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Author: Landrieu, Moon, interviewee
Interview conducted by DeVries, Walter Bass, Jack
Funding from the Institute of Museum and Library Services supported the electronic publication of this interview.
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Sound recordings digitized by Aaron Smithers Southern Folklife Collection
First edition, 2006
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Publisher: The University Library, University of North Carolina at Chapel Hill
Chapel Hill, North Carolina
2006.
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Languages used in the text: English
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2006-00-00, Celine Noel and Wanda Gunther revised TEIHeader and created catalog record for the electronic edition.
2006-08-31, Mike Millner finished TEI-conformant encoding and final proofing.
Source(s):
Title of sound recording: Oral History Interview with Moon Landrieu, January 10-11, 1974. Interview A-0089. Southern Oral History Program Collection (#4007)
Title of series: Series A. Southern Politics. Southern Oral History Program Collection (A-0089)
Author: Jack Bass and Walter DeVries
Title of transcript: Oral History Interview with Moon Landrieu, January 10-11, 1974. Interview A-0089. Southern Oral History Program Collection (#4007)
Title of series: Series A. Southern Politics. Southern Oral History Program Collection (A-0089)
Author: Moon Landrieu
Description: 152 Mb
Description: 42 p.
Note: Interview conducted on January 10-11, 1974, by Walter DeVries and Jack Bass; recorded in New Orleans, Louisiana.
Note: Transcribed by Susan Hathaway and Jean Pruner.
Note: Forms part of: Southern Oral History Program Collection (#4007): Series A. Southern Politics, Manuscripts Department, University of North Carolina at Chapel Hill.
Note: Original transcript on deposit at the Southern Historical Collection, The Wilson Library, University of North Carolina at Chapel Hill.
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Interview with Moon Landrieu, January 10-11, 1974.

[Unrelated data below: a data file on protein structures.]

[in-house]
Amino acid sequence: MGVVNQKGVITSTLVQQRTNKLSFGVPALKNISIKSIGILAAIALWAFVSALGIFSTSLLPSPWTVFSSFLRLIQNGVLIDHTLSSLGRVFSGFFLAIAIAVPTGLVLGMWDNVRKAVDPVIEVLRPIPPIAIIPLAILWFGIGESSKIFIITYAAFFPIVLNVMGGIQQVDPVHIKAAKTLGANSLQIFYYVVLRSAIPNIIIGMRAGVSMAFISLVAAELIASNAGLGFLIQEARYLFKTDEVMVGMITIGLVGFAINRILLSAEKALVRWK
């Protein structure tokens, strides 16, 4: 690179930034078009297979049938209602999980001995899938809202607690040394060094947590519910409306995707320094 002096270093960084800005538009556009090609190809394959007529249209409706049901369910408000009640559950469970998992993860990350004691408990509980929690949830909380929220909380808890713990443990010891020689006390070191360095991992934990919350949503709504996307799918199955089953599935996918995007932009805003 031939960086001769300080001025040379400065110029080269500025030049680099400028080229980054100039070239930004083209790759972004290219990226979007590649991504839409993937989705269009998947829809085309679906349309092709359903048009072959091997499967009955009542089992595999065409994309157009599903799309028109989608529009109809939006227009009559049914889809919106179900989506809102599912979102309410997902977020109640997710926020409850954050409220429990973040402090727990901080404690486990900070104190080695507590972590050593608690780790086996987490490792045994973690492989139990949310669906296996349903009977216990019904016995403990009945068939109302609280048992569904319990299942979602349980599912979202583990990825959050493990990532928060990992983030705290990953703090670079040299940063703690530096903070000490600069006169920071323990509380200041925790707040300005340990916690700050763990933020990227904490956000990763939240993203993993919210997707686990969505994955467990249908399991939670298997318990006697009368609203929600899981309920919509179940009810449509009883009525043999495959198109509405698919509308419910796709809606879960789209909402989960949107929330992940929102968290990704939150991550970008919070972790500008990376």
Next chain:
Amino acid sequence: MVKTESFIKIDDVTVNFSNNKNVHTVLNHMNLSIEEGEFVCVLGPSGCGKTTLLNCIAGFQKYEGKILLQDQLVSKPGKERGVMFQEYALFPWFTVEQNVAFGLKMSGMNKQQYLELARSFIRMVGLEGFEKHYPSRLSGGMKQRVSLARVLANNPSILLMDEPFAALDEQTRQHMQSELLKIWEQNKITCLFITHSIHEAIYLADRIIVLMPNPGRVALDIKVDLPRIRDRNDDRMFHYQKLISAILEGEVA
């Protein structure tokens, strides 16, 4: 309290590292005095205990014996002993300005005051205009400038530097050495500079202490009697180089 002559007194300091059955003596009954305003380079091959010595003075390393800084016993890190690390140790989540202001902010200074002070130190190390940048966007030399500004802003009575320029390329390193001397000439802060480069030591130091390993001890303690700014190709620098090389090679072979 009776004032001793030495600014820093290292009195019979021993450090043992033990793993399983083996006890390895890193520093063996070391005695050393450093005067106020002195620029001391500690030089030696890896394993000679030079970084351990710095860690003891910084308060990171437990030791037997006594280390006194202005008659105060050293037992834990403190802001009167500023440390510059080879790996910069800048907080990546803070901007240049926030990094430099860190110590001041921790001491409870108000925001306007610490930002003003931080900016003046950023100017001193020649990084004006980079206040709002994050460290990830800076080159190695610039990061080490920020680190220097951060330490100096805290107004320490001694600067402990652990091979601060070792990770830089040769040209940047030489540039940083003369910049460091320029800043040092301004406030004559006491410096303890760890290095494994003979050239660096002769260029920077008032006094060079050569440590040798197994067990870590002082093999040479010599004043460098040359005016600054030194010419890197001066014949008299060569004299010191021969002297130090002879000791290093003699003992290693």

Interview A-0089. Southern Oral History Program Collection (#4007)
Landrieu, Moon, interviewee


Interview Participants

    MOON LANDRIEU, interviewee
    JACK BASS, interviewer
    WALTER DEVRIES, interviewer

[TAPE 1, SIDE A]


Page 1
[START OF TAPE 1, SIDE A]
JACK BASS:
The first question that I would like to ask is about the changes in New Orleans politics since 1948, and especially in the sense that New Orleans at least had a reputation at the beginning of that period of probably being, more than any other southern city, as a city of machine politics. I don't mean that necessarily as a majority phrase. To what extent has there been change in New Orleans and what has taken place? What is the situation insofar as the kind of New Orleans politics and how it operates?
MOON LANDRIEU:
I don't know if I am really competent to comment on the period prior to 1960, which was the date that I became actively engaged in politics. In any event, with that disclaimer I would then go back, you see, I don't think you can quite measure it from '48, you may be able to do so. But you have to put it in the perspective of what New Orleans was before 1946, which was sort of a turning point for this city.

Page 2
Prior to 1946, there was a very strong tie between the city administration and the state administration. They had sort of dominated the state-city politics. Then, in 1946, Chep Morrison, a thiry-six-year-old reform governor, returning war colonel, ran for mayor and was elected, which began sixteen years of what you might say was progressive government. I don't mean reform in the sense of . . . in the general sense that it is usually accepted. But nonetheless he was a bright, intelligent, aggressive, good politician. I think it was about that time that the racial attitudes began to change a little bit. I don't suggest that it was anywhere approaching equality, but I think that a definite shift began to take place.